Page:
You’ve seen the pattern before – suspicious use of intermittent leave under the Family and Medical Leave Act (“FMLA”) – Fridays and Mondays, leave taken around holidays, and leave taken in connection with already approved vacation. What is the best way to determine whether the employee is actually using FMLA for its intended purpose? A recent federal appellate court case provides excellent guidance on how to approach these challenging cases and how to win in court should the employee assert FMLA interference or retaliation claims.

The employee in the case helped customers troubleshoot telephone and computer problems and was often required to work less desirable evening, night, and weekend shifts. A few years after he began working at the employer, he was diagnosed with lumbar degenerative disease, a chronic back condition. With the condition allegedly causing him exacerbated pain two to three days a month, the employee requested and was granted fully paid intermittent FMLA for flare-ups and for doctor’s appointments. His employer, however, began noticing suspicious patterns in the timing of his FMLA requests.

In particular, the usage of his intermittent FMLA began to exceed the frequency of his approved leave, using two to six days of FMLA for almost each month in 2007. Equally significant, from October through December 2007, his FMLA days routinely fell on Fridays and weekends, resulting in him having three-day or four-day weekends for the majority of weeks during those months. The pattern continued into 2008, when the employee frequently used FMLA adjacent to already scheduled days off or holidays, often extending his vacation or holidays by one or two extra days. Finally, Tillman often notified his supervisor in advance that he intended to use FMLA on a future date, sometimes several days in advance. On December 1, 2008, for example, he emailed his supervisor that if he ended up on an evening shift, he would be taking FMLA on December 13.

Armed with these facts, the employer investigated. It obtained a calendar of the employee’s FMLA usage and compared them to weekends, his scheduled vacation days, and holidays. It also conducted surveillance and observed him driving, running errands, and working in his garage during two days when he called off on FMLA. Also, the employer retained an outside medical consultant to review his medical certification forms, the employee’s job description, and the private investigator’s surveillance videos and logs. Based on this information, the independent medical doctor concluded that, in her professional opinion, the employee’s activities were inconsistent with the physical behaviors typical of someone with incapacitating back pain and he was not incapacitated, as defined by the FMLA, from performing his job on the dates in question. Finally, the employer interviewed the employee and he conceded that he “drove people around” during his FMLA, but quibbled that he may have been taking painkillers that would have prevented him from working. Following the investigation, and after consultation with legal advisors, the company terminated his employment.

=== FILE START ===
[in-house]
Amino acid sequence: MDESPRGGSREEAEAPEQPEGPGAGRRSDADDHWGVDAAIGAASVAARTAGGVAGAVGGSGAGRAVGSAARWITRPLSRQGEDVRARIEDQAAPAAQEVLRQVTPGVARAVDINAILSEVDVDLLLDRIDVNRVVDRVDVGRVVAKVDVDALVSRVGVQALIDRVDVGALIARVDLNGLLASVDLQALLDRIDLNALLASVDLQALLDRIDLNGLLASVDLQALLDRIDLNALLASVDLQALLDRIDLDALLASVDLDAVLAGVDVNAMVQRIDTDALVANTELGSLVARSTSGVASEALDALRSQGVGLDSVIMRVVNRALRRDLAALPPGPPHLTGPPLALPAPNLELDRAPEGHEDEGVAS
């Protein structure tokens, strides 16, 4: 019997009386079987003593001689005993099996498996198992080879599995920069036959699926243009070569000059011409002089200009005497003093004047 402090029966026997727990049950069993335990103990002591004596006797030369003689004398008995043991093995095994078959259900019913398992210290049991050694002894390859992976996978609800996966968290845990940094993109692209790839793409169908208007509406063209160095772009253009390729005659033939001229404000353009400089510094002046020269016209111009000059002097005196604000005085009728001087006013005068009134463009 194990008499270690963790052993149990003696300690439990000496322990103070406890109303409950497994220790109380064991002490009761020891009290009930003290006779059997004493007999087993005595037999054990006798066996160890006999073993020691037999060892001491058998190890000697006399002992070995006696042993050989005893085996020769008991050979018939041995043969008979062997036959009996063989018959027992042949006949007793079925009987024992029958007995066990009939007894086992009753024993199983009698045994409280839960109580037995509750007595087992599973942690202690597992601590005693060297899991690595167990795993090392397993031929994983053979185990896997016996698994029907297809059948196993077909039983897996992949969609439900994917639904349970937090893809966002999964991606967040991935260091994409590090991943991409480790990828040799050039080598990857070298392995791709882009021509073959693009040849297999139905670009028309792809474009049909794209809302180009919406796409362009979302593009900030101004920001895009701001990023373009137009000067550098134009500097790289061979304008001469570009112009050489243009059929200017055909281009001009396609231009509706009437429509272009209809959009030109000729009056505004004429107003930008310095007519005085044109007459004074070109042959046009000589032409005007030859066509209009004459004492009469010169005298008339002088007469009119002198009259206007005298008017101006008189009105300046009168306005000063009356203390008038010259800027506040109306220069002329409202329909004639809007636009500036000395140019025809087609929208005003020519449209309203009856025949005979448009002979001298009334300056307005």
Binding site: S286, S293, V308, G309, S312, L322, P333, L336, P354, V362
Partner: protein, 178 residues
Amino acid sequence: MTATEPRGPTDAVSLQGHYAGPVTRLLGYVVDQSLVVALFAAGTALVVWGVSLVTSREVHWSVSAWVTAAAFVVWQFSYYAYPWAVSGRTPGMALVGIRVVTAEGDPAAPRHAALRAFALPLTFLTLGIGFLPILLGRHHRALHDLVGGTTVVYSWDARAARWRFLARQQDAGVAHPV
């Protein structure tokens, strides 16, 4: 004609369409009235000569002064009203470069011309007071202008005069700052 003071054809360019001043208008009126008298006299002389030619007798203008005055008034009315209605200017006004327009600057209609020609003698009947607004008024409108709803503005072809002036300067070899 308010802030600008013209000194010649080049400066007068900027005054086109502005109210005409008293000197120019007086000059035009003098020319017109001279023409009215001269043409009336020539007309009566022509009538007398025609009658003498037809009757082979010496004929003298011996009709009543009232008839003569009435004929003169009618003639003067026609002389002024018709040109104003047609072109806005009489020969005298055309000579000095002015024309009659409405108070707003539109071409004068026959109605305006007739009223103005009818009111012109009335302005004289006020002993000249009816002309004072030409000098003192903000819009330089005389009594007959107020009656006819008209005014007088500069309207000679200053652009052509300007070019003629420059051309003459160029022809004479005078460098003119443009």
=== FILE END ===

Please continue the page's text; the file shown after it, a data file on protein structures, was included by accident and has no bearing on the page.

Not surprisingly given these facts, the appellate court upheld the dismissal of the employee’s lawsuit. In dismissing his FMLA retaliation claim, the court found that the employer had an honest belief that the employee abused FMLA. It recognized that the company established a “reasonable reliance” on the particular facts before making its termination decision, including reviewing the calendar, emails from the employee, the surveillance tapes, and the independent medical opinion. The court also dismissed his FMLA interference claim, holding that the employee did not establish he was qualified for FMLA leave on the dates in question.

The case demonstrates how thoughtful investigation and common sense can help you successfully tackle FMLA abuse cases and minimize risks of lawsuits. In textbook form, the company used all of the following available resources to investigate potential FMLA abuse. While not all are necessarily warranted in some cases, adopting one or more of these strategies usually is advisable:

  • Adopting a policy that permitted dismissal for fraudulent conduct, including misuse of FMLA;
  • Requiring employees to provide medical certification for FMLA leave;
  • Analyzing patterns of FMLA abuse correlated with weekends, Fridays and Mondays, and holidays, and advance leave requests;
  • Hiring a private investigator to conduct surveillance;
  • Consulting with an outside medical professional who reviews the file and provides an expert opinion concerning the employee’s use of
    FMLA leave; and
  • Interviewing the employee to see if the employee has a credible explanation.